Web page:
Called to Listen – Feb. 14, 2021

Called to Listen

A Meditation by Rev. Karen A. Mendes

Mark 9:2-9

February 14, 2021

Main Idea –  Listen to Jesus

May the words of my mouth and the meditations of all of our hearts be acceptable in thy sight, O Lord, our strength and our redeemer.  Amen.

What does it mean to listen to Jesus?  Is it just knowing the Bible stories? Or trying to follow his example?  Do we remember things that he said?  “Let the children come to me”. “Love the Lord your God with all your heart and with all your soul and with all your mind and your neighbor as yourself.”  “Take up your cross and follow me.”, “I have a dream” (wait that was someone else).  The four Gospels include a record of some of what he said to the disciples and the crowds, to the Pharisees and scribes, but what does he say to us, today?

And how is it that we listen? Sometimes we listen with half an ear – we hear the stories as quaint morality tales, like Aesop’s fables or Disney fairy tales. We judge the foolish disciples and we are quite glad not to be put on the spot with them.  Sometimes we listen like lawyers, trying to find some loophole or angle to justify what we want to do. Sometimes we listen with a downcast heart assuming that we could never live up to Jesus’ expectations of us. But here is the thing; we are invited to listen to Jesus with our whole being; to hear and see and feel God in Christ among us.  When we do this, we are changed.

So this morning we are invited to put aside all the other voices and noises that fill our days and go up the mountain with Jesus and his three disciples.  This morning we can experience his transfiguration as a call for our own transformation.

Right before our gospel text for today, Jesus has told the disciples that the Son of Man will suffer and die and be raised after three days.  His disciple Peter thinks this is a terrible idea and rebukes him.  Imagine, rebuking Jesus!  Jesus responds to Peter by saying “Get behind me, Satan! For you are putting your mind not on divine things but on human things.” (8:33).  Jesus then turns to the crowd and says, “If any want to become my followers, let them deny themselves and take up their cross and follow me. For those who want to save their life will lose it, and those who lose their life for my sake, and for the sake of the gospel, will save it.” (8:34-35) This is the first time Jesus explicitly states that his life and ministry will lead to the cross.  This is the first time those listening to Jesus must face what lays ahead of them.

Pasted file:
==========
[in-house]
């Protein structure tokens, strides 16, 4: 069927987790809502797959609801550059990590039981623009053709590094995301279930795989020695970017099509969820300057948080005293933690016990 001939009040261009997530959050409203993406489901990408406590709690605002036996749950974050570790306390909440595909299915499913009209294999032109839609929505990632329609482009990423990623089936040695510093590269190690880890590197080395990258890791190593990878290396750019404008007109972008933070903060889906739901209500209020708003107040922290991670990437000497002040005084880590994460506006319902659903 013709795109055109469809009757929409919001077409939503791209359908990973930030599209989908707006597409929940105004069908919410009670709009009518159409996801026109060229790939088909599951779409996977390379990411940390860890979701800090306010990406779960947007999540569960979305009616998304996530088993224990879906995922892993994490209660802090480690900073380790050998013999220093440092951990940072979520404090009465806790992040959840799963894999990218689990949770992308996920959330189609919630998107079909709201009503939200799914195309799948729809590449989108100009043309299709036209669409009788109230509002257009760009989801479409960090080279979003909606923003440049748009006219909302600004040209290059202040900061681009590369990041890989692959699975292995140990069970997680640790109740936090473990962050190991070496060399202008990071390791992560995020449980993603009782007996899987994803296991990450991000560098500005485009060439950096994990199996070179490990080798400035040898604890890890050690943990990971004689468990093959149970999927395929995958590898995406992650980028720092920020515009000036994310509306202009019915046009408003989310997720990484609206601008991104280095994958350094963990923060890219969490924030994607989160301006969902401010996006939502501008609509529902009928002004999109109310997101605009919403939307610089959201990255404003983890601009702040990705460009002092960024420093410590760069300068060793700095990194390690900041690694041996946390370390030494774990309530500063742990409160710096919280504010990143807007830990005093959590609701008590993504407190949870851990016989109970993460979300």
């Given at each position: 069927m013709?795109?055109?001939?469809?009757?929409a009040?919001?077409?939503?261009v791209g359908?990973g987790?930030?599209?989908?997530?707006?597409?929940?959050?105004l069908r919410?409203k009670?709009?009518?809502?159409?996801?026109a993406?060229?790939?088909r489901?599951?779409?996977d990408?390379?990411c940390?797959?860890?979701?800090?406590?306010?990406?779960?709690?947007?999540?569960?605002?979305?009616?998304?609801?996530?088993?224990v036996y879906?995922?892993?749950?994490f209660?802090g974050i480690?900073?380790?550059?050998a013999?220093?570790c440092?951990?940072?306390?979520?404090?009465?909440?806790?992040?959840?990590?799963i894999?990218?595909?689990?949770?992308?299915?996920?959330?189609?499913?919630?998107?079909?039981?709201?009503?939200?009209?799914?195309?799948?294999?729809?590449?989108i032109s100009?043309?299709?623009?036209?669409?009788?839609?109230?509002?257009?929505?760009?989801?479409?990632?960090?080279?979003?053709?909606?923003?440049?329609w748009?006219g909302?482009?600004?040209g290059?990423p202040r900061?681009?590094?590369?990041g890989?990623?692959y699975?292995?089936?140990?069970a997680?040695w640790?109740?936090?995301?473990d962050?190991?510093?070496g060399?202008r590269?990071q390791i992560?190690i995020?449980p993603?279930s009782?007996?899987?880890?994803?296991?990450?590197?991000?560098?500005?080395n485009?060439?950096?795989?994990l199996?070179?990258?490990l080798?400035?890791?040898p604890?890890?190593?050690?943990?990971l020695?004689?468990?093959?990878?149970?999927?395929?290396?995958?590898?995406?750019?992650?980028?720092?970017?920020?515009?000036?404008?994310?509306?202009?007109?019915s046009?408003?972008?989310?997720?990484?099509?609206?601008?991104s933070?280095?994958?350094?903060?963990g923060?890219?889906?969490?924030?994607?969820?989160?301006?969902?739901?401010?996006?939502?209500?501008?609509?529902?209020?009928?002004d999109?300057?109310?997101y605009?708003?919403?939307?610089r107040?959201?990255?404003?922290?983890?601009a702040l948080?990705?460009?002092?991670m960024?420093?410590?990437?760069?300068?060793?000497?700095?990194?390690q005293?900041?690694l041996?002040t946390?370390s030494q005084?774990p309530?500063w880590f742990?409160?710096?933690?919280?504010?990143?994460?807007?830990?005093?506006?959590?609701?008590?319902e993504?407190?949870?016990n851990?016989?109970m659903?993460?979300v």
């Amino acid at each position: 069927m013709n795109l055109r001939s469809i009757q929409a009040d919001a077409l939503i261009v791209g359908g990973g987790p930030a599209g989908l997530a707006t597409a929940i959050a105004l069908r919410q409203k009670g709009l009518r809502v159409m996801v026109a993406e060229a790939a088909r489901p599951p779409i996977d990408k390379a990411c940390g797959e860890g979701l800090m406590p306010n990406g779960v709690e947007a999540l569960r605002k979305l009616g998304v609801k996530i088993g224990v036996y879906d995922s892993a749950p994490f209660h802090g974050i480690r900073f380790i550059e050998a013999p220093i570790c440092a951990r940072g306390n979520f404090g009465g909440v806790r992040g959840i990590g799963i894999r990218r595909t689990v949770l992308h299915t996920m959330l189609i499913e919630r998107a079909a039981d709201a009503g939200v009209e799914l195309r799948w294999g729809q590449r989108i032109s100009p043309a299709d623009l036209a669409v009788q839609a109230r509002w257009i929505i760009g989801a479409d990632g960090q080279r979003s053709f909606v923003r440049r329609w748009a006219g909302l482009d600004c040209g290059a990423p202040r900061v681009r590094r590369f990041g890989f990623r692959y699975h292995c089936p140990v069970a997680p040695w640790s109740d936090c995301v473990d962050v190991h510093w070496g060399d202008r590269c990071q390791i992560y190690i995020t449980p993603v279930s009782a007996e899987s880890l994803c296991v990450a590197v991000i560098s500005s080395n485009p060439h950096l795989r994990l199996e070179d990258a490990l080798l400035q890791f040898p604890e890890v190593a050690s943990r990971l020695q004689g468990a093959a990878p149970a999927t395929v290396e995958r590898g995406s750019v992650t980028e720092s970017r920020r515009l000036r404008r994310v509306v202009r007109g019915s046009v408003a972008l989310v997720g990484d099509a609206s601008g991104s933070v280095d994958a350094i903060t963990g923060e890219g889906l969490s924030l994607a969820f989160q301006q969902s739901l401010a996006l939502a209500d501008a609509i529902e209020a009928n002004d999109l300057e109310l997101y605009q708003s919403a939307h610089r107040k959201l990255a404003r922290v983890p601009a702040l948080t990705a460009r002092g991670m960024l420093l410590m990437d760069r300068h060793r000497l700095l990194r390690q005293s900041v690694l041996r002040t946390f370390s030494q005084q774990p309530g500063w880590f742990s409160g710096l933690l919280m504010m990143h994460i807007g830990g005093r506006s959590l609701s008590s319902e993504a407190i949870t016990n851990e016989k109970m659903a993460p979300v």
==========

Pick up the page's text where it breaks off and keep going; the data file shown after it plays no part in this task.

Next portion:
With this stark choice in front of them, the story tells us that six days later Peter (who has somehow patched things up), James, and John accompany Jesus up to a high mountain.   Let’s imagine hiking with Jesus.  He’s a good hiker and a considerate one. He waits for us who might be huffing and puffing. What would we talk with him about?  What do you think the disciples were thinking?  Imagine a beautiful day. The views are tremendous and it is good to get away from the crowds and the scary plans Jesus has been talking about.  Once at the top we stop to catch our breath but instead of relaxing we are frozen with astonishment; our breath caught in our throat. Suddenly Jesus has changed. His appearance is dazzling.  His clothes sparkle with a color that is whiter than any white. Like sunlight reflecting on water, the color is so bright as to be almost unseeable.  Mark does not describe Jesus’ face but Matthew says that Jesus’ face shone like the sun. It is a moment like Jesus’ baptism when the heavens are torn open and the glory of God is upon the earth; absolutely stunning and beautiful.   And suddenly on the mountain top with Jesus are Moses and Elijah, two of the most famous and beloved figures in the Old Testament; both of whom had spoken with God and both of whom, tradition held, had never died but had gone straight to heaven.  We see them talk with Jesus but we don’t hear what they were talking about. It is amazing and ridiculous that Peter interrupts their conversation to suggest building tents for the three of them.  He is so overwhelmed that he just blurts out this idea of capturing the moment and memorializing it.  He wants to contain the glory that he sees. Which, of course, is impossible.  But in response to Peter’s fear, God speaks!  What we see changes from the dazzling white to the opaqueness of a cloud.  The cloud overshadows everything and a voice speaks.  “This is my Son, the Beloved; listen to him!”  What do you think the voice sounds like?  Is it loud like a crack of thunder or quiet like the sound of pure silence?  Does the voice chuckle with joy as it speaks of love?   Notice that first the disciples, and we, see without hearing and then we hear without sight. We can’t do both at the same time.  Each experience is overwhelming and transformative on its own.